• United States

Business software upgrade lessons

Jul 21, 20034 mins
ERP SystemsNetwork SecuritySmall and Medium Business

Everest accounting software keeps Animalmania from getting shortchanged on guppies.

If your idea of bliss means easy online ordering of hairy tarantulas, then Animalmania is for you. Mike Pata founded the company (located at in 1992, and along with 10 employees manages 9,000 creatures and supplies for his retail and wholesale business in south Florida.

Two years ago, Animalmania outgrew QuickBooks Pro accounting software and a custom FoxPro sales application. Pata needed one product to link his inventory to his catalog to his Web page. Pata learned about Icode’s Everest Standard Edition  accounting software from the technician hired to install new office computers.

Icode positions Everest as a “mini-ERP” package, providing enterprise resource planning tools to small businesses. Pricing starts at $1,463 per user and can increase to $3,500 per user with additional features. You can also lease the software for $43 per user, per month for 60 months.

Pata’s move to Everest – though bumpy – offers lessons for how to upgrade and improve technology without expanding beyond your comfort zone. First, the two things Pata wished he’d done differently: take the training and upgrade sooner.

“I played with the demo program for a month and thought I knew it. But I really wasn’t prepared,” he says. Small businesses often skip training because they can’t afford the cost or the time away from the office. But far too often that’s a penny wise but pound-foolish attitude. Training would have helped Pata prepare to do business in the structured manner the new software demanded. While large companies spend millions forcing vendors to fit their applications to their processes, small ones often resist new technology because they can’t find software that “fits” their ways.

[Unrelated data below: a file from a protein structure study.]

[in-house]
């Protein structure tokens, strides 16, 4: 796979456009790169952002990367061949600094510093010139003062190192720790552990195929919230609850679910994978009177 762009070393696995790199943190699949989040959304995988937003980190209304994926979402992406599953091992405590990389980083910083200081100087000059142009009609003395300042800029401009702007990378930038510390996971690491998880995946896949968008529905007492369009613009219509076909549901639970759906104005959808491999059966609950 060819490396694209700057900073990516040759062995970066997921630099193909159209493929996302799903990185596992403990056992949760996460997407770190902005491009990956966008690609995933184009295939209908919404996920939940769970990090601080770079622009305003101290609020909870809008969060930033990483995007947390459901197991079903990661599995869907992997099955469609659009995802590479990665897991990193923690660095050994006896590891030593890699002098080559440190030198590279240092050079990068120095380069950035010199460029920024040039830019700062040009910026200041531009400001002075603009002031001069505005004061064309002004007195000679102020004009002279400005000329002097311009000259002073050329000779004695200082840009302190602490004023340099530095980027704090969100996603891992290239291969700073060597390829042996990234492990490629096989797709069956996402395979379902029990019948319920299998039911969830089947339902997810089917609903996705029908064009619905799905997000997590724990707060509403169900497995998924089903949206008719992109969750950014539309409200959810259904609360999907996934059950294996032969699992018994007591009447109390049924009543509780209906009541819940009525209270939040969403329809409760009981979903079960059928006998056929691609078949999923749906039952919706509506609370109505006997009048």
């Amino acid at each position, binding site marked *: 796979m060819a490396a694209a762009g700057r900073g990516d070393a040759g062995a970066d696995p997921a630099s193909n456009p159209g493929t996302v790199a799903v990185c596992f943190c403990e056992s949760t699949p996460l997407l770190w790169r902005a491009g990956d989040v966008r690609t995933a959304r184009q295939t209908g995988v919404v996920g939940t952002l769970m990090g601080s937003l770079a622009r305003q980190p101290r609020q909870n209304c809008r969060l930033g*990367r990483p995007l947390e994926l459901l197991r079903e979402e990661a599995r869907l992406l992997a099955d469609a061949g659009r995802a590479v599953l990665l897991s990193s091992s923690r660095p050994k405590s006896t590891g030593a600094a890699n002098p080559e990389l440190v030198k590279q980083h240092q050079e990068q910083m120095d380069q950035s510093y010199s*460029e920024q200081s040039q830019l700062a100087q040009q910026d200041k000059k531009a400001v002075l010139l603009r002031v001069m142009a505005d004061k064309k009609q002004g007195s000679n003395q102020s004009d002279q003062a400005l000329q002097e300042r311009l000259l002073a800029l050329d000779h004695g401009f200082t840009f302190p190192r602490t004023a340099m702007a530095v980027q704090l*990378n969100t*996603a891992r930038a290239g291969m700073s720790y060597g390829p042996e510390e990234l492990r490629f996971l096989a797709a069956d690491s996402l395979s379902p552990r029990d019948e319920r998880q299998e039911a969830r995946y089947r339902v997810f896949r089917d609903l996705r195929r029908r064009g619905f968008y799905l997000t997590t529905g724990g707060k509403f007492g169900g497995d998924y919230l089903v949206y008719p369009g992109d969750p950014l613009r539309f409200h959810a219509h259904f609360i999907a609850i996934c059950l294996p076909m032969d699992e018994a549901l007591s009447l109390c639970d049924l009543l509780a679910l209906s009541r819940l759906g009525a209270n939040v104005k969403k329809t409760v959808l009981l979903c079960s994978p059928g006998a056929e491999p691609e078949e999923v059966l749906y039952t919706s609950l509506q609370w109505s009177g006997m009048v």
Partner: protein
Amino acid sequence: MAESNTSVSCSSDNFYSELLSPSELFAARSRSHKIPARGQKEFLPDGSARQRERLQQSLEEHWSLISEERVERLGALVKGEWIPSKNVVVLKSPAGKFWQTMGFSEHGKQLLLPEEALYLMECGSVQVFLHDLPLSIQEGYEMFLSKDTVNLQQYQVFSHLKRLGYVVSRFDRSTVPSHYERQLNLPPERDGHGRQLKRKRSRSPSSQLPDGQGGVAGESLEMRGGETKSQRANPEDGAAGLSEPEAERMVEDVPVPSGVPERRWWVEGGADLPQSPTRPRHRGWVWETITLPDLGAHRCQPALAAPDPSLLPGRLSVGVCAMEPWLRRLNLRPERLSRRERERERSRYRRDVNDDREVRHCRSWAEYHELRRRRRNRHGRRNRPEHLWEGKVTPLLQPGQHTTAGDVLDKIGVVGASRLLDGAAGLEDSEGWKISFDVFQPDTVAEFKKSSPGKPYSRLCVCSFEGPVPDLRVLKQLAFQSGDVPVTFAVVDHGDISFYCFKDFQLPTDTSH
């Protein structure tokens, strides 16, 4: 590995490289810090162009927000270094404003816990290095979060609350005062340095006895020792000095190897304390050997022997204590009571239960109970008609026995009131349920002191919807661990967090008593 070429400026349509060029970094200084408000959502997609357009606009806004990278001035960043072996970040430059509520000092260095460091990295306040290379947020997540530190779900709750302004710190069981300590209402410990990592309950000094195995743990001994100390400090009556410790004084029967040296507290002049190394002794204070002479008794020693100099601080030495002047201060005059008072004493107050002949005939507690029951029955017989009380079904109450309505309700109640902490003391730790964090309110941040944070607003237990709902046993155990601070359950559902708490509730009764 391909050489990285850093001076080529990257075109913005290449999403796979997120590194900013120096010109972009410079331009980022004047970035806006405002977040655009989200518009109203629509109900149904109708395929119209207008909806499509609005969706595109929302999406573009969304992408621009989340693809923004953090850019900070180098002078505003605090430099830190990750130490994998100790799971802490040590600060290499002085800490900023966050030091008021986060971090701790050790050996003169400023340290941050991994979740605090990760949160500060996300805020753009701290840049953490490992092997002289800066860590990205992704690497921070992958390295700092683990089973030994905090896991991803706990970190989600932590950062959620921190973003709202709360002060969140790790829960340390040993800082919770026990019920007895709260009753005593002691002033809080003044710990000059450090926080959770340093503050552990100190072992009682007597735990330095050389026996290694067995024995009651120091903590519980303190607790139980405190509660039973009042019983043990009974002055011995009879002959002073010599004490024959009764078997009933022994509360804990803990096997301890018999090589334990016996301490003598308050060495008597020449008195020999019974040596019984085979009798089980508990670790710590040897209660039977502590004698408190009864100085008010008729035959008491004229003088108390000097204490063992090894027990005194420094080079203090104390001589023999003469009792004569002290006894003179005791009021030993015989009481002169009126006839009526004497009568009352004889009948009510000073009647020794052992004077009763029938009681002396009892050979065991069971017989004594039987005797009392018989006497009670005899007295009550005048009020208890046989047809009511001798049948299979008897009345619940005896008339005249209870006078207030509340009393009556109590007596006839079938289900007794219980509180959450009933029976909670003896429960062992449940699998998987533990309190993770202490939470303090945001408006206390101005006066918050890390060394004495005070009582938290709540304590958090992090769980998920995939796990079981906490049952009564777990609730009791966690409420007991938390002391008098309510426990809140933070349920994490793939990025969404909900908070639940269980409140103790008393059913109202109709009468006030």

As a result, small businesses develop and rely on a kludgy mix of software and manual processes that limit growth. To expand, they need help learning new processes and become better organized. But such changes take time. In Pata’s case, for two months he did twice the work by running the new and old business processes in parallel to verify the new one worked properly.

Pata also regrets waiting so long. QuickBooks did a great job for payroll and basic accounting, but had he upgraded sooner, Pata could have saved hours each day fighting exceptions to QuickBooks and the sales software to accommodate customers, and answering staff questions because only he understood the overall business picture. Buried in details, Pata never knew why he didn’t make more money. And QuickBooks didn’t provide the depth of information he needed to get the answer.

In the end, all the effort and growing pains were worth it. After six months, the new software worked great, and “now it’s second nature,” he says.

Everest software forced Pata’s employees to balance inventory in and sales out. Mismatches must be explained by shrinkage or mortality, a real problem for businesses handling live animals. Analysis reports showed Pata made more money buying farm-raised Clownfish for $8 each rather than wild ones for $5 each, because the farm-raised ones survived longer in captivity.

Everest software also showed Pata that he was routinely shorted hundreds of guppies per bag. They come 1,000 to a bag, but Everest’s analysis and inventory in vs. sales out tracking reports showed suppliers used “new math” to call a bag of 600 guppies 1,000. Pata changed suppliers, and guppies became profitable again.

Everest has also helped streamline the selling processes. The online catalog produced by Everest software comes directly from Pata’s inventory, so to promote a product all he does is plug in a picture. Inventory, shipping and invoicing happen in one process. Pata has even integrated an outside cricket vendor into the system so orders to get drop-shipped automatically.